We have just learned of the hateful display of Anti-Semitism that occurred just steps from our campus. I join everyone in our community in vehemently condemning this vile behavior targeting the Jewish faith. We must continue to work together to…
Educators from across New York take part in disability workshops on SU’s campus
Program helps ensure students with disabilities access and benefit from information age
While their students are on summer vacation, 105 public school librarians, general educators and special educators from across New York state are spending time in a “summer school” at Syracuse University.
For three weeks, teams of educators are attending innovative workshops through Project ENABLE, which assists them to meet the library and information needs of K-12 students with disabilities. Project ENABLE is a collaborative endeavor of the Center for Digital Literacy at the School of Information Studies (iSchool) and the Burton Blatt Institute (BBI) at Syracuse University.
BBI Director of Legal Research and Writing William Myhill and iSchool Assistant Professor Renee Franklin Hill are teaching the in-depth training workshops focused on awareness, inclusive program development and accessible technology selection. Myhill and Franklin Hill will assist participants in the development of inclusive lesson plans and learning materials for their respective libraries and schools.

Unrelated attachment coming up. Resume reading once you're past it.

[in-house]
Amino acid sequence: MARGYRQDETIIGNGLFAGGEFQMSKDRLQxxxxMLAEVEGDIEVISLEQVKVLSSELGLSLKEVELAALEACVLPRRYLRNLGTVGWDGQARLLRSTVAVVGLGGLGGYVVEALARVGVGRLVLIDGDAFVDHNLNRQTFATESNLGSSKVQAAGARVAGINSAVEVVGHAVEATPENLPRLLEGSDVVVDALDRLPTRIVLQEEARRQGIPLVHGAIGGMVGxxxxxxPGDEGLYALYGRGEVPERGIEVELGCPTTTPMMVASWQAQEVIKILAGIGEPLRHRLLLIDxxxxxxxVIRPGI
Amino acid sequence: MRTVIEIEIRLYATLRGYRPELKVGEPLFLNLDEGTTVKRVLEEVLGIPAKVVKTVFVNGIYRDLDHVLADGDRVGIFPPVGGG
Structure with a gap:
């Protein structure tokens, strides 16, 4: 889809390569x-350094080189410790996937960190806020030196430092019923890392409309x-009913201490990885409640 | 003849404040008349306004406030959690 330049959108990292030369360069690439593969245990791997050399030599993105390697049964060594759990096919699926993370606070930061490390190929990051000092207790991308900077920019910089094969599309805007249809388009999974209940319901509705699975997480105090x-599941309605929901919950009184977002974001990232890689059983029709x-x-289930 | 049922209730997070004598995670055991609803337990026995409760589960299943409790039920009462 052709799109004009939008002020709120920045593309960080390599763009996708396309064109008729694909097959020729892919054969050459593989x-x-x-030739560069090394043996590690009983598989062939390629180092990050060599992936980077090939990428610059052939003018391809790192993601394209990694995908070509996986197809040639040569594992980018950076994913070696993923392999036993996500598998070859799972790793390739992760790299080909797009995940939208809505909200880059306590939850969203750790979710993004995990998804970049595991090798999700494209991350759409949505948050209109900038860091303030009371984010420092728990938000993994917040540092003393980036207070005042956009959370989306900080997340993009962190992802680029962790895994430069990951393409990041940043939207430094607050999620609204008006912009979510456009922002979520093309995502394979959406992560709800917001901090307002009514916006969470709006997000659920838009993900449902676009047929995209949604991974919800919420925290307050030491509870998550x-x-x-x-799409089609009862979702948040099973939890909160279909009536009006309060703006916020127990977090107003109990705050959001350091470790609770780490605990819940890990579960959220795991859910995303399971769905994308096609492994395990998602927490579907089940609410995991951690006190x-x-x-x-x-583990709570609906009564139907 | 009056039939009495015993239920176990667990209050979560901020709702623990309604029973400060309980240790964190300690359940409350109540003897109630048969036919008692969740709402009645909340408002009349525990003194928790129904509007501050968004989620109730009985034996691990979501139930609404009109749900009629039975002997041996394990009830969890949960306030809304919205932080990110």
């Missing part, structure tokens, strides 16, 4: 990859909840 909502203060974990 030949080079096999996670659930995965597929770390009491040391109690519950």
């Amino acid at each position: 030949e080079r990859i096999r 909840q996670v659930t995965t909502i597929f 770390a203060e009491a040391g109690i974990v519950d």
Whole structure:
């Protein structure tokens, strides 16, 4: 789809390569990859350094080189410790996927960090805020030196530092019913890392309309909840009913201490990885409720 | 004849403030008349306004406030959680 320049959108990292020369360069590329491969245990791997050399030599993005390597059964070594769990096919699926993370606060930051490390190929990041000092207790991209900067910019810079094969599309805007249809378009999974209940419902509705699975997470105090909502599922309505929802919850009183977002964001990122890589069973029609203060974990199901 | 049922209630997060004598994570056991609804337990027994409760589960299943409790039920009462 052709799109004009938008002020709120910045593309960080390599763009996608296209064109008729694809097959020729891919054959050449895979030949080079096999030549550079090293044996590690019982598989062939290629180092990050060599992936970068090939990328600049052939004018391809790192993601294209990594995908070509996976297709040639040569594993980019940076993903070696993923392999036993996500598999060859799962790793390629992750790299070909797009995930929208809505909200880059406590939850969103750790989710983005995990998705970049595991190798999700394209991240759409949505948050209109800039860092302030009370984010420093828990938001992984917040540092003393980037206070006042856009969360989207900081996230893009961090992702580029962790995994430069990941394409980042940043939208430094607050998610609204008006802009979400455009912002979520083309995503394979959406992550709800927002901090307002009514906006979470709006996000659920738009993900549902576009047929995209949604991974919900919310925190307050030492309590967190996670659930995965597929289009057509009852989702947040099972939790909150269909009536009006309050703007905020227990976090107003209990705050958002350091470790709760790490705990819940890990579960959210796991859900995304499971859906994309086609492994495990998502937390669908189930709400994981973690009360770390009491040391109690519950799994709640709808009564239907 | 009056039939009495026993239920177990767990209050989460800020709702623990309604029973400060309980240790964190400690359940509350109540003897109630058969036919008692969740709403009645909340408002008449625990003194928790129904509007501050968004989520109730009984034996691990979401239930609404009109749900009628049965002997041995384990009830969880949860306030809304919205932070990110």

“I am very excited to collaborate with this talented group of education professionals toward ensuring students with disabilities fully access and benefit from the information age,” says Myhill, who previously served as a special education teacher, working with children having diverse special needs.
The iSchool will be video recording the instructional segments, and they will be part of a freely accessible website that provides online self-paced, interactive training that simulates the workshop content and activities.
“I am really looking forward to having a high level of interaction with K-12 educators who truly believe in and want to learn instructional strategies that will ultimately benefit all students,” says Franklin Hill, who has worked as a middle school special educator and school librarian. “Co-teaching the workshops gives me an opportunity put into practice the very topics I research and I’m excited about that.”
Project ENABLE is funded by the Institute of Museum and Library Services (IMLS). The overall purpose of the project is to provide ongoing professional development to raise the level of librarians’ understanding of and sensitivity for the library and information needs of students with disabilities and their ability to develop programs and services, provide adequate facilities, and select appropriate resources and technologies to meet those needs.
“We are so appreciative of IMLS for recognizing the importance of this project and providing us with the funding needed to offer this critical training to New York state’s librarians that is certain to positively affect the education of students with disabilities throughout the state,” says Ruth Small, Laura J. & L. Douglas Meredith Professor at the iSchool and director of the Center for Digital Literacy.